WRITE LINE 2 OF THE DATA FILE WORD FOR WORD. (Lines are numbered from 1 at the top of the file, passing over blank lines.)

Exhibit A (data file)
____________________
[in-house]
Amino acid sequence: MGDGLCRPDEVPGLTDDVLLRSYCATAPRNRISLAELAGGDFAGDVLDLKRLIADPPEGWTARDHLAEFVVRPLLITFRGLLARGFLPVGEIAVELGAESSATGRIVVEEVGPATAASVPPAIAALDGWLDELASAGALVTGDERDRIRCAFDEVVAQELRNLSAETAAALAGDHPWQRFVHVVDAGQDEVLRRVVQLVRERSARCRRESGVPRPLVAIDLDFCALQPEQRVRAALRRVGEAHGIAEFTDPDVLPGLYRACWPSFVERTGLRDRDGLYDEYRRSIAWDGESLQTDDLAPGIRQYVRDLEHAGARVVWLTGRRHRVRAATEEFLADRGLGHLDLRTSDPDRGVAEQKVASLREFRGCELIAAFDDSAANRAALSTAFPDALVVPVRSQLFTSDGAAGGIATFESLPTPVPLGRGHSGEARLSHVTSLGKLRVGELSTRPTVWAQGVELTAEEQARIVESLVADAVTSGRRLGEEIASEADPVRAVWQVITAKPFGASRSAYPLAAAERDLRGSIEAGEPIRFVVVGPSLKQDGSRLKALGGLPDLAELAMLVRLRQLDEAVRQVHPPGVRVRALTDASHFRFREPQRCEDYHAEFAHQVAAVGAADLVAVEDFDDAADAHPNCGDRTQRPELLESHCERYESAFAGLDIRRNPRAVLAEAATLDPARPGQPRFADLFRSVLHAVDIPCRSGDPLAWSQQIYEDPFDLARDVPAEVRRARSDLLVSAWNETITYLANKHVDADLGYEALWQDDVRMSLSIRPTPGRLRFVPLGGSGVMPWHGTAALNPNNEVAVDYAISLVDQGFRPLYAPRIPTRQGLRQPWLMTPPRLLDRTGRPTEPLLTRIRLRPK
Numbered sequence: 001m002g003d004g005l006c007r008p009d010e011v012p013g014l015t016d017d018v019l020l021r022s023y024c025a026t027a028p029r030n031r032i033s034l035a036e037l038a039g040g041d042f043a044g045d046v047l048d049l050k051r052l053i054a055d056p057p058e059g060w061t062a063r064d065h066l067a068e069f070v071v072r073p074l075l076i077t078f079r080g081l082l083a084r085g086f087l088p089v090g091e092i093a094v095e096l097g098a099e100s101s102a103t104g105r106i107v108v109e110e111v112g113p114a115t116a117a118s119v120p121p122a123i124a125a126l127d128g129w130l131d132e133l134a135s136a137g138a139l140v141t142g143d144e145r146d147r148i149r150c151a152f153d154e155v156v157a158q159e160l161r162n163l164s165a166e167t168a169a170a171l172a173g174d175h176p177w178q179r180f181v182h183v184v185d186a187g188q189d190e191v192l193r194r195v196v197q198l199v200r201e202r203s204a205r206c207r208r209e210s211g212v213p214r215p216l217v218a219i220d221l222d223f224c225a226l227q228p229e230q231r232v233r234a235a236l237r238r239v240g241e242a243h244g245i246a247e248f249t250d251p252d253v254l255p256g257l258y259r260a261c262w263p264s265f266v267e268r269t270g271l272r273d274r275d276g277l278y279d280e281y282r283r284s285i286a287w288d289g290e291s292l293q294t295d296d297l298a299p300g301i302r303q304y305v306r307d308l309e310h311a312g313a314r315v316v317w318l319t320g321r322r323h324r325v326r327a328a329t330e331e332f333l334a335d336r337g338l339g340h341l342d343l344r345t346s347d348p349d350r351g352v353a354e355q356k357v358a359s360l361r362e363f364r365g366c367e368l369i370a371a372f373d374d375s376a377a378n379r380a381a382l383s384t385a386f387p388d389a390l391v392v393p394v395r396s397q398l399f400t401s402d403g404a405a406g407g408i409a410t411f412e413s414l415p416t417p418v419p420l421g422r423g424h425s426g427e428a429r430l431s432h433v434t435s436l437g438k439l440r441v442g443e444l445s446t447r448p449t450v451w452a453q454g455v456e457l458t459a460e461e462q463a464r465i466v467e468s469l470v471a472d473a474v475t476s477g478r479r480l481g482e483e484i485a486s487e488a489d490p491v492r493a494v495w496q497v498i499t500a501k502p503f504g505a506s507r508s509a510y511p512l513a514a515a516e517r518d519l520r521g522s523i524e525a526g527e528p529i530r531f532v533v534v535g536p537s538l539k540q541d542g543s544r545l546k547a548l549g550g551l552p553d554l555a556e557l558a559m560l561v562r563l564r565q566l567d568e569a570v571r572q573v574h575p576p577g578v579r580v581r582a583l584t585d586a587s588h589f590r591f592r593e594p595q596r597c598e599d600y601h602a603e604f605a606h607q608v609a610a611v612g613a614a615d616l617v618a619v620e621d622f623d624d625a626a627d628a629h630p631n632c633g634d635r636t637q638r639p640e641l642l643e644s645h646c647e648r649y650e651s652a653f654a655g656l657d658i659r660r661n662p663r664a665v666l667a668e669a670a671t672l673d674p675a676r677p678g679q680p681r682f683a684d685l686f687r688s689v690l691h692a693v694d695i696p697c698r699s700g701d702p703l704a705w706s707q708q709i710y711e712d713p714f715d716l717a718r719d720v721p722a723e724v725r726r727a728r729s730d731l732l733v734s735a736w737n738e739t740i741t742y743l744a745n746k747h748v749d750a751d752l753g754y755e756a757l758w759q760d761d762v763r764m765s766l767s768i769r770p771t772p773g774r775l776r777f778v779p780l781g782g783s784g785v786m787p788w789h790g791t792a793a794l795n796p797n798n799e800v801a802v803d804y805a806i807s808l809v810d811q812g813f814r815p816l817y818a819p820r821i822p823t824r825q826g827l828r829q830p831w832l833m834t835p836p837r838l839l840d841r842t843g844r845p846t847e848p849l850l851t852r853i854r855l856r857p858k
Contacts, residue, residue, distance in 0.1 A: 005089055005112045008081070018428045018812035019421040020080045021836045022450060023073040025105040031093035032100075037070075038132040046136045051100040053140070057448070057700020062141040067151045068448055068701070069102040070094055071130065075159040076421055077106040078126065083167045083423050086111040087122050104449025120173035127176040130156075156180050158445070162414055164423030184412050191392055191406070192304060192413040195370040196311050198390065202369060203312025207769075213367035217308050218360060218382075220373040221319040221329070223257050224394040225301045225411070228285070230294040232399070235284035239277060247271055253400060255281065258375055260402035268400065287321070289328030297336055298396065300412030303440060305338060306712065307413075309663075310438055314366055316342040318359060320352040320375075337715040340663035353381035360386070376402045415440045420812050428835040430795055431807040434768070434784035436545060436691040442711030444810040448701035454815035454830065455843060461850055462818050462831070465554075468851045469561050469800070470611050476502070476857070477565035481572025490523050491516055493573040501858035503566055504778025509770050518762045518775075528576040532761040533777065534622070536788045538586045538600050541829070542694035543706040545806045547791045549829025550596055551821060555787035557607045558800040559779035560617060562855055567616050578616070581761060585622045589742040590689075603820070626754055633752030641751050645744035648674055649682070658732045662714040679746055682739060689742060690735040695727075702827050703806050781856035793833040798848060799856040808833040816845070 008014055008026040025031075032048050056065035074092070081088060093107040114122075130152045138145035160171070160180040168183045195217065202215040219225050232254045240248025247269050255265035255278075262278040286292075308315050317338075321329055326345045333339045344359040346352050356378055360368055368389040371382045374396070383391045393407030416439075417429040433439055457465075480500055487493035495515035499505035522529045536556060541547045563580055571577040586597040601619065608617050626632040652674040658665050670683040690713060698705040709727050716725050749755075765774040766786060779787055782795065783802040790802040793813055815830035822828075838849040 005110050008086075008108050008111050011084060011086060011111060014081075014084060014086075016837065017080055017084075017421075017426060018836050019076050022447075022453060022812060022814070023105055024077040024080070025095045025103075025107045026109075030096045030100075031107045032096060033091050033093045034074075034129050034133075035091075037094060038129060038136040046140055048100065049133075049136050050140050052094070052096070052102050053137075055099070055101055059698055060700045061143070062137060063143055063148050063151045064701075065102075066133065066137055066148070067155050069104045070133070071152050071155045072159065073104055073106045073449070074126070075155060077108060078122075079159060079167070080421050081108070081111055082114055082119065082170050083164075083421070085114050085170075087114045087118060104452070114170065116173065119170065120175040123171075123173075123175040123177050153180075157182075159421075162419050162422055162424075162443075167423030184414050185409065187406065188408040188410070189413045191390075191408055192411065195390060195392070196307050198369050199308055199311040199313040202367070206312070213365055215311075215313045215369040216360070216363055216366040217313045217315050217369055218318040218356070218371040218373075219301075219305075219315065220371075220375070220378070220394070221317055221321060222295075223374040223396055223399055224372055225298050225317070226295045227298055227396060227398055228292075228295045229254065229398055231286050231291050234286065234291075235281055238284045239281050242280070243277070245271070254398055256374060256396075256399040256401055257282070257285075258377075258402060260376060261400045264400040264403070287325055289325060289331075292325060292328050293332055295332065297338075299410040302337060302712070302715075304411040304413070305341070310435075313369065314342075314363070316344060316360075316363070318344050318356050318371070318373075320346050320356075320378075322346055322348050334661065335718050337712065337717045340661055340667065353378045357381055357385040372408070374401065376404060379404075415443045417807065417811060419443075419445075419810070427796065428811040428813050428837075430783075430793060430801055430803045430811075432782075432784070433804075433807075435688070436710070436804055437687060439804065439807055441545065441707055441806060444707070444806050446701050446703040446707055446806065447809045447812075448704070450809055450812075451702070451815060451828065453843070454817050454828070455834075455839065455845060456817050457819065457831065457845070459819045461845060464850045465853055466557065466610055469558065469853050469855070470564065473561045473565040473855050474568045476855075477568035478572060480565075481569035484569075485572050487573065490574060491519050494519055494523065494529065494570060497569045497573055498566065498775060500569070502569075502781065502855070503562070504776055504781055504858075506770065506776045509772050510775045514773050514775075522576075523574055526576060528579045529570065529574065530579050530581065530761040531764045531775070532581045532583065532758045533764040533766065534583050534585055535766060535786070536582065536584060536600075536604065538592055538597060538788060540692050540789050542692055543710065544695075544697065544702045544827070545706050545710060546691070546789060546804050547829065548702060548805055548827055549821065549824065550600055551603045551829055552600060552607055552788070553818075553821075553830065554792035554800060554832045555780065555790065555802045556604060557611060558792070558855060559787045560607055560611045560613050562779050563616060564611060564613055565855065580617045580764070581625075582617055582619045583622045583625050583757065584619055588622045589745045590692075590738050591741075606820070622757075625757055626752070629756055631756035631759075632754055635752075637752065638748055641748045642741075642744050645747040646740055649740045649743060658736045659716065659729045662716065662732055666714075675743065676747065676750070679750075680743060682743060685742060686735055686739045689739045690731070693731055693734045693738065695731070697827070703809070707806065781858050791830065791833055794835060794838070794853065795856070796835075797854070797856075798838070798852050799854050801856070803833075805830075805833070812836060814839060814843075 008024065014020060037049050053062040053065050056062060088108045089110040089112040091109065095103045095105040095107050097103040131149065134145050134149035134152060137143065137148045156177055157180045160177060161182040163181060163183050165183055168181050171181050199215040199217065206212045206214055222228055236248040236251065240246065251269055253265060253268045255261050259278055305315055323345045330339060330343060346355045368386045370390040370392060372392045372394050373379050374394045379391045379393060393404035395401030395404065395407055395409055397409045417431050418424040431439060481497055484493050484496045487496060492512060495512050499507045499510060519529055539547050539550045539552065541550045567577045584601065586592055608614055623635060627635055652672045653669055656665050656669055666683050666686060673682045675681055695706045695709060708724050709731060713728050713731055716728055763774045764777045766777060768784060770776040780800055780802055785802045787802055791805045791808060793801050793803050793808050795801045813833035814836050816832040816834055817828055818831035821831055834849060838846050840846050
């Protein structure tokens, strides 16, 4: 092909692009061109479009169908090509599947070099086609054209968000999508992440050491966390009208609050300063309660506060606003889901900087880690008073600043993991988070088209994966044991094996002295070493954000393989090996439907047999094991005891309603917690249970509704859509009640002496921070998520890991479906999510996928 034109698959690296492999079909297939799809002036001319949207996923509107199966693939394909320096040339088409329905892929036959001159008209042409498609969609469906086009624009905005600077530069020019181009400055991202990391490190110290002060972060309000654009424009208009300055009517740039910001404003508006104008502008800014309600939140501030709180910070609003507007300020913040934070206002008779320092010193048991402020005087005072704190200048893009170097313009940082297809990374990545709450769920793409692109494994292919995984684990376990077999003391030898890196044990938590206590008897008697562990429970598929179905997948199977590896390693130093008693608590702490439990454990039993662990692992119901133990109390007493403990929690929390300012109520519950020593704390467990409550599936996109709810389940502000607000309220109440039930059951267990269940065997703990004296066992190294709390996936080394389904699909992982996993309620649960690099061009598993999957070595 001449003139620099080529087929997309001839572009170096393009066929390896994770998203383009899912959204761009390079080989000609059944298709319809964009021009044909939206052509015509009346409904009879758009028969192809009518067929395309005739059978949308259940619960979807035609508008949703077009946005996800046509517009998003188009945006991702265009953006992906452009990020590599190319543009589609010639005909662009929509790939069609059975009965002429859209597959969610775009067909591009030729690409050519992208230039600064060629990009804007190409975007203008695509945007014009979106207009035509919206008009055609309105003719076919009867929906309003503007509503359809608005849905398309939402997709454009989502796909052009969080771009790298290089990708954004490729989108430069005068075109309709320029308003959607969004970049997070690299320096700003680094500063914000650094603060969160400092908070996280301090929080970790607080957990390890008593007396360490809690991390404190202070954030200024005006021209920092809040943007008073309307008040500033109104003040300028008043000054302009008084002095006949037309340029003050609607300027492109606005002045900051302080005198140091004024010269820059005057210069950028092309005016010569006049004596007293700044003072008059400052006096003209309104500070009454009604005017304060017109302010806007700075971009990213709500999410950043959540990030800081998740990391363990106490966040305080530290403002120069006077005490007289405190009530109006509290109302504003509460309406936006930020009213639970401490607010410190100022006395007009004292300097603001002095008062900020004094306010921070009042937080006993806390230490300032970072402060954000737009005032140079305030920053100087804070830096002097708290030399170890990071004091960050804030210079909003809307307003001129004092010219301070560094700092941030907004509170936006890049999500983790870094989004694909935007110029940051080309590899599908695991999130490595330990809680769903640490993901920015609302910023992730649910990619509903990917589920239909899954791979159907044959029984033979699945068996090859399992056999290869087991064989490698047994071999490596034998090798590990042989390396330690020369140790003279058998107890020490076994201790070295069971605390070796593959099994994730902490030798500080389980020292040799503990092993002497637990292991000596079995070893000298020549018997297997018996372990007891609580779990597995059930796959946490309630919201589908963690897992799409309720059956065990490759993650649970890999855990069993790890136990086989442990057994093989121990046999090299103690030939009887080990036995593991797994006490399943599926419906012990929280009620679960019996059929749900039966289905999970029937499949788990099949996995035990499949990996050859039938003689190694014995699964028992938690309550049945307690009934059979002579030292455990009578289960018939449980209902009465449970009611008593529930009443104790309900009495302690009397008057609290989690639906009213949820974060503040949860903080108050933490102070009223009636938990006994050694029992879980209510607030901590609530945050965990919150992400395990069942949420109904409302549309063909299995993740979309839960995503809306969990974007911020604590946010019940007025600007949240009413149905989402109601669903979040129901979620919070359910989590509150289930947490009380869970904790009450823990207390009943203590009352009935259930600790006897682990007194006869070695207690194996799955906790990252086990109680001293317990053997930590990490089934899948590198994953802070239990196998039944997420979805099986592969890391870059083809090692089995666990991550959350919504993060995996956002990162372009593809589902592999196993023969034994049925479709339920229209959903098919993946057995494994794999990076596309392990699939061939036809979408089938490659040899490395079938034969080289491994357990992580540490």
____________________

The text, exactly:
Amino acid sequence: MGDGLCRPDEVPGLTDDVLLRSYCATAPRNRISLAELAGGDFAGDVLDLKRLIADPPEGWTARDHLAEFVVRPLLITFRGLLARGFLPVGEIAVELGAESSATGRIVVEEVGPATAASVPPAIAALDGWLDELASAGALVTGDERDRIRCAFDEVVAQELRNLSAETAAALAGDHPWQRFVHVVDAGQDEVLRRVVQLVRERSARCRRESGVPRPLVAIDLDFCALQPEQRVRAALRRVGEAHGIAEFTDPDVLPGLYRACWPSFVERTGLRDRDGLYDEYRRSIAWDGESLQTDDLAPGIRQYVRDLEHAGARVVWLTGRRHRVRAATEEFLADRGLGHLDLRTSDPDRGVAEQKVASLREFRGCELIAAFDDSAANRAALSTAFPDALVVPVRSQLFTSDGAAGGIATFESLPTPVPLGRGHSGEARLSHVTSLGKLRVGELSTRPTVWAQGVELTAEEQARIVESLVADAVTSGRRLGEEIASEADPVRAVWQVITAKPFGASRSAYPLAAAERDLRGSIEAGEPIRFVVVGPSLKQDGSRLKALGGLPDLAELAMLVRLRQLDEAVRQVHPPGVRVRALTDASHFRFREPQRCEDYHAEFAHQVAAVGAADLVAVEDFDDAADAHPNCGDRTQRPELLESHCERYESAFAGLDIRRNPRAVLAEAATLDPARPGQPRFADLFRSVLHAVDIPCRSGDPLAWSQQIYEDPFDLARDVPAEVRRARSDLLVSAWNETITYLANKHVDADLGYEALWQDDVRMSLSIRPTPGRLRFVPLGGSGVMPWHGTAALNPNNEVAVDYAISLVDQGFRPLYAPRIPTRQGLRQPWLMTPPRLLDRTGRPTEPLLTRIRLRPK